A trio from the French quarter.
Amid the less frequently visited outposts within automotive history’s archives, intriguing and fascinating things can sometimes be found.
Until fairly recently the family business of Automobiles Marsonetto was still active as a concessionaire of Fiat, Alfa Romeo and Lancia in Villeurbanne on the outskirts of Lyon. Founder of the company, Mario Marsonetto was the son of an Italian mason but was more interested in automobiles than following in his father’s footsteps. By his early twenties he had successfully trained to become a coachbuilder, having gained valuable work experience by rebodying passenger cars – mainly Renaults and Citroëns – as well as trucks.
The work carried out on those commercial vehicles helped, not only in terms of bodyworking experience, but also in constructing supporting frames and other underlying structures.
Unsurprisingly considering his automobile-loving background, in the 1950’s the young Marsonetto succumbed to the temptation of creating a car of his own. His first effort was the Panhard Dyna Z based Luciole (firefly) of 1957; the first examples had aluminium bodywork but Marsonetto soon switched to the relatively recently introduced fiberglass. Only about fifteen Lucioles were sold, after which Marsonetto stopped its production and opened an Alfa Romeo dealership.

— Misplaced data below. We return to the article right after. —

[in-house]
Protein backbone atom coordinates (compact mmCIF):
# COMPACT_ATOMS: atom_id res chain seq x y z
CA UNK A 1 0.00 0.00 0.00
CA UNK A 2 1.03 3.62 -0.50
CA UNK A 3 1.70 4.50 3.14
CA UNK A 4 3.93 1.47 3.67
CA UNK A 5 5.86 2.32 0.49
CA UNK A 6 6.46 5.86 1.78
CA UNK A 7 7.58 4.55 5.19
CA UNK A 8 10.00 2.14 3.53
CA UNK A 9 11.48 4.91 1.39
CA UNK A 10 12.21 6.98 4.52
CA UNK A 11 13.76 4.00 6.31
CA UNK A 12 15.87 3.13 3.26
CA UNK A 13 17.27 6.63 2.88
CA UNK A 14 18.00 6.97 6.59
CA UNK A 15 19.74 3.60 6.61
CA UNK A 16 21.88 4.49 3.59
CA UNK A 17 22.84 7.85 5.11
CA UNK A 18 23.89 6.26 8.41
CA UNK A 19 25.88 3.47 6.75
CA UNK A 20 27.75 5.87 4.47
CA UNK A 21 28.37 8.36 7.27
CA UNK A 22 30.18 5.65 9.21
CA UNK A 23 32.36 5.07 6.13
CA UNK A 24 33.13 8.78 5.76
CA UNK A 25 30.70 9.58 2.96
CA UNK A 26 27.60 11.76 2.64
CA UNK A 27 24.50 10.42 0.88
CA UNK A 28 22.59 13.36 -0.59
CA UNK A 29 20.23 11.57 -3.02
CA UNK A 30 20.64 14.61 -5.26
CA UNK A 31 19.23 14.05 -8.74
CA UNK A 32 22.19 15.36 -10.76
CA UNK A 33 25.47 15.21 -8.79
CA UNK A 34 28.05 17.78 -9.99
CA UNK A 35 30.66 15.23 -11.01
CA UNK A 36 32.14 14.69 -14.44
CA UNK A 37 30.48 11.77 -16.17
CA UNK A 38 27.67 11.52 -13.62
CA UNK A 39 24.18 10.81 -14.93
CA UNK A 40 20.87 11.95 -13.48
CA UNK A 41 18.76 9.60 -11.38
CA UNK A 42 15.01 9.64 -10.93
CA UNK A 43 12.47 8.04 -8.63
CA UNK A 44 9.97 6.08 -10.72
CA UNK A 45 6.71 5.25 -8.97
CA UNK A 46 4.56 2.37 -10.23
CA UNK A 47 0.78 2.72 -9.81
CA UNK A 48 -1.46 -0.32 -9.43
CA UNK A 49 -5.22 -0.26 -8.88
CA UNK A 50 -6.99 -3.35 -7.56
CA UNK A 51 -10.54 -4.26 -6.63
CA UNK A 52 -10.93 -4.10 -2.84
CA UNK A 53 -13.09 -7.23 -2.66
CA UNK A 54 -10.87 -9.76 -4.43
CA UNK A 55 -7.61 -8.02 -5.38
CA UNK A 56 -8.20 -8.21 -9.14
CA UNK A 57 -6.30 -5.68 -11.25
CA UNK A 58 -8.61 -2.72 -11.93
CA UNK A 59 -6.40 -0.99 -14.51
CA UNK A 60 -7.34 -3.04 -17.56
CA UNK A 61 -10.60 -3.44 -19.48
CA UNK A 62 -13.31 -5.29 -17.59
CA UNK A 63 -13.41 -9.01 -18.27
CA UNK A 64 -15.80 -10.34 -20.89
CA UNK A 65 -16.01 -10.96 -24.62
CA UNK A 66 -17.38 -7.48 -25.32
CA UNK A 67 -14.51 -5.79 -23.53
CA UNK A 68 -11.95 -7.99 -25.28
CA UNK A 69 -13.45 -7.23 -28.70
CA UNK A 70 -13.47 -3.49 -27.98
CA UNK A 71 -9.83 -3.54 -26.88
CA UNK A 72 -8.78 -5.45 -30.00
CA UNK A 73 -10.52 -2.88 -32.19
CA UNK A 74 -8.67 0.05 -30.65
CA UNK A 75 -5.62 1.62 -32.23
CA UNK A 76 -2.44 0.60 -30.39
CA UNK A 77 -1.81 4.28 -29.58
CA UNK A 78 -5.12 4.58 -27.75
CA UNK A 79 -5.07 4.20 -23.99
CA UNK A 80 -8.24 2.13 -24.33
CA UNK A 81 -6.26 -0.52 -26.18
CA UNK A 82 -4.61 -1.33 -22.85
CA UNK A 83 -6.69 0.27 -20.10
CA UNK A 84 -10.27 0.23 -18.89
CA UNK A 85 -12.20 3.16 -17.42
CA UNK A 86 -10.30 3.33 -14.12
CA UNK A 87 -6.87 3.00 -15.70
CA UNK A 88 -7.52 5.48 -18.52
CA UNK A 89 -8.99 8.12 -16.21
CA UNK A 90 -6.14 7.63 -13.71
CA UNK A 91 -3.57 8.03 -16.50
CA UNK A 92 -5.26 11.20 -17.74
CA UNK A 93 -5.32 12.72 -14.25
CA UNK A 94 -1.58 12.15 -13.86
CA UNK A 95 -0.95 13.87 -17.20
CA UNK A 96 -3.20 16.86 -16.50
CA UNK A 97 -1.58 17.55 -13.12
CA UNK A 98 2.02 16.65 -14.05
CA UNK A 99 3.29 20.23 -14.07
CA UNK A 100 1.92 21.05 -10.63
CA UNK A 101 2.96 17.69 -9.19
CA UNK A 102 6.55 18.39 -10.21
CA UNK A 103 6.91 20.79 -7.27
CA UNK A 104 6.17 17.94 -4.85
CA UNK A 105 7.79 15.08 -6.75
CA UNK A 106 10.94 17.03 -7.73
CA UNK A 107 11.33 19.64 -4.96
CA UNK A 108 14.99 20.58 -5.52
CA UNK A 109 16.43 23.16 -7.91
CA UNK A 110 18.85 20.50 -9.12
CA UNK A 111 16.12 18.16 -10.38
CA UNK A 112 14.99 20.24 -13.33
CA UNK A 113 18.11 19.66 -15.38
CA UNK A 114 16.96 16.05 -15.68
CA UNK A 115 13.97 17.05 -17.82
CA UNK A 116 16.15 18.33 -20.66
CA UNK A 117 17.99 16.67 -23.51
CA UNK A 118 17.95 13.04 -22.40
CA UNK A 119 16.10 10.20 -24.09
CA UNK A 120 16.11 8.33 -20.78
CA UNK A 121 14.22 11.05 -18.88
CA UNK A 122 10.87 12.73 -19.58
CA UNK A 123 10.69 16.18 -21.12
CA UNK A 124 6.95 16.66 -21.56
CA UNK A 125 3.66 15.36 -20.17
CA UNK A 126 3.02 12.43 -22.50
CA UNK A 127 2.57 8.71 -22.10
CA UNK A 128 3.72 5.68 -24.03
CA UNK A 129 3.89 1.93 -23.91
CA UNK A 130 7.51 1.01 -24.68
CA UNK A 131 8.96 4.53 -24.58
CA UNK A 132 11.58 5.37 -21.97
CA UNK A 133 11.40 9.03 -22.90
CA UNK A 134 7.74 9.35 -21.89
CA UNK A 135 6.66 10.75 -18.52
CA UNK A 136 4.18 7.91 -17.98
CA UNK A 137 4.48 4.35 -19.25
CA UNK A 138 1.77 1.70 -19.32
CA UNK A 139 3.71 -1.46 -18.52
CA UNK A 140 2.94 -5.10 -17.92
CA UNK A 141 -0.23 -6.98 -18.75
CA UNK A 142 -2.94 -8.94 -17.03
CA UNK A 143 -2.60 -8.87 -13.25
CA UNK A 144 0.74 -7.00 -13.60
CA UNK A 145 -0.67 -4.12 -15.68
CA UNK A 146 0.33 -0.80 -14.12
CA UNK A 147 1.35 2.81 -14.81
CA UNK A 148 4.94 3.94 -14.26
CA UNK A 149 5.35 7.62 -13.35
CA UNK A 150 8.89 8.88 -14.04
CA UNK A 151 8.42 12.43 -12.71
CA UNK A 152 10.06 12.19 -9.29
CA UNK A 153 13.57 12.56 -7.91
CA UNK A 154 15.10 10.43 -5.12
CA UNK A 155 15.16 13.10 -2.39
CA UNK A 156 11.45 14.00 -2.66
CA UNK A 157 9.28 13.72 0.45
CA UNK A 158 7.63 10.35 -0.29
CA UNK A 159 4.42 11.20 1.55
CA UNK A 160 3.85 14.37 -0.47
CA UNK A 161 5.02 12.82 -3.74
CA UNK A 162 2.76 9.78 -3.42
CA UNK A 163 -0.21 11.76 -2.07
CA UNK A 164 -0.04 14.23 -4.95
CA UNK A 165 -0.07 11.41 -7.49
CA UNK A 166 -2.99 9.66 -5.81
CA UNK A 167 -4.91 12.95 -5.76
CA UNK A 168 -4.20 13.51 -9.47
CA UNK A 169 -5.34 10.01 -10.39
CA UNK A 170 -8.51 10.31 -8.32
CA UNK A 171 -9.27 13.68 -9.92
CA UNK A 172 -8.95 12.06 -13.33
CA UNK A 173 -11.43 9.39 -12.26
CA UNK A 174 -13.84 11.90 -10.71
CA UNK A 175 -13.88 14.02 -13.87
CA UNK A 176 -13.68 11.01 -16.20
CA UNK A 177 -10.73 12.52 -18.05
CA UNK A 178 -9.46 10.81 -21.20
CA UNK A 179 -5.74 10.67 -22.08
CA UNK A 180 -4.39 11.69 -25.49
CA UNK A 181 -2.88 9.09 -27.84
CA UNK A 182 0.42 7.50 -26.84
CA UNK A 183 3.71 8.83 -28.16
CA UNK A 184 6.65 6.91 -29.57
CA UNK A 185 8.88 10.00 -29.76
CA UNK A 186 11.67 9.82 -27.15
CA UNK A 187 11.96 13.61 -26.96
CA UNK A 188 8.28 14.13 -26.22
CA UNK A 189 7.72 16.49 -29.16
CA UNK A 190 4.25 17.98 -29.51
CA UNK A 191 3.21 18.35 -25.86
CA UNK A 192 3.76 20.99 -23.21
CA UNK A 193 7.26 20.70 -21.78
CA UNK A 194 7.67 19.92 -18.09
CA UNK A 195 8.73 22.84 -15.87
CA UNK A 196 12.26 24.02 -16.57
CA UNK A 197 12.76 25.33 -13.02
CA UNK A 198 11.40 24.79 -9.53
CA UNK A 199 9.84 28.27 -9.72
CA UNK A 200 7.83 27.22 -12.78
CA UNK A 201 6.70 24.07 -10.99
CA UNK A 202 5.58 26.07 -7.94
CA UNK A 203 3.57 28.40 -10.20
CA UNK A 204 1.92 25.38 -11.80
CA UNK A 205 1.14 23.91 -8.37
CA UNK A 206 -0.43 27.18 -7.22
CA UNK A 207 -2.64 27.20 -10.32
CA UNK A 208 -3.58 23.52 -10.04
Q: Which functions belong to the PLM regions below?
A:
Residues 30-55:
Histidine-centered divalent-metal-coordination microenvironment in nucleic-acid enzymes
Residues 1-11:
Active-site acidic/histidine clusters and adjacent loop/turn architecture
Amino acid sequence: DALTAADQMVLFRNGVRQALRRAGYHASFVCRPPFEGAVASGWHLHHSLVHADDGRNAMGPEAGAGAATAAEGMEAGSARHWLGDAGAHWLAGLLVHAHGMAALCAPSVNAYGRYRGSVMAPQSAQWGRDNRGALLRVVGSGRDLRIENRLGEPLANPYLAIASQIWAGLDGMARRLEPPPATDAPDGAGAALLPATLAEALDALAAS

The desire to have his own sportscar lingered however and in 1965 he commenced work on a new car that would initially be named the Mars 1 but later 1600GT. Utilising in its first guise a Renault 8 Gordini engine and assorted mechanicals and clothed in fiberglass bodywork on a tubular frame, Marsonetto’s new 2+2 was a decidedly more grown up proposition than the Luciole. Its styling showed a clear influence by Jaguar’s E-Type at the front and a mix of Ferrari and Maserati in the rest of the design- not unpleasant but a bit derivative and from certain angles ungainly.
This first Mars 1 remained a one-off and was used by Marsonetto who made several running changes, both mechanically and styling-wise, before he deemed the result good enough for an official offering. The 1968 Geneva Motor Show saw the official introduction of the car, which was now powered by the engine of the new Renault 16TS good for a claimed maximum speed of 124 mph.
Later that year, at the 1968 Paris Motor Show in October, the car was renamed 1600GT and there were some changes to the rear styling: the new large glass opening rear hatch complete with padded unzippable tonneau cover over the boot area was a notable and novel feature that predated the Porsche 924 and Renault Fuego by many years.
Maserati’s Mistral of 1963 did feature a similar glassy hatch but had no covering for the luggage area. Some 1600GTs had round taillights but a few were fitted with Renault 16 items – somewhat anachronistic were the sliding front side windows – a literal side-effect of giving interior space (the 1600GT was claimed to be a full four seater) preference in this matter.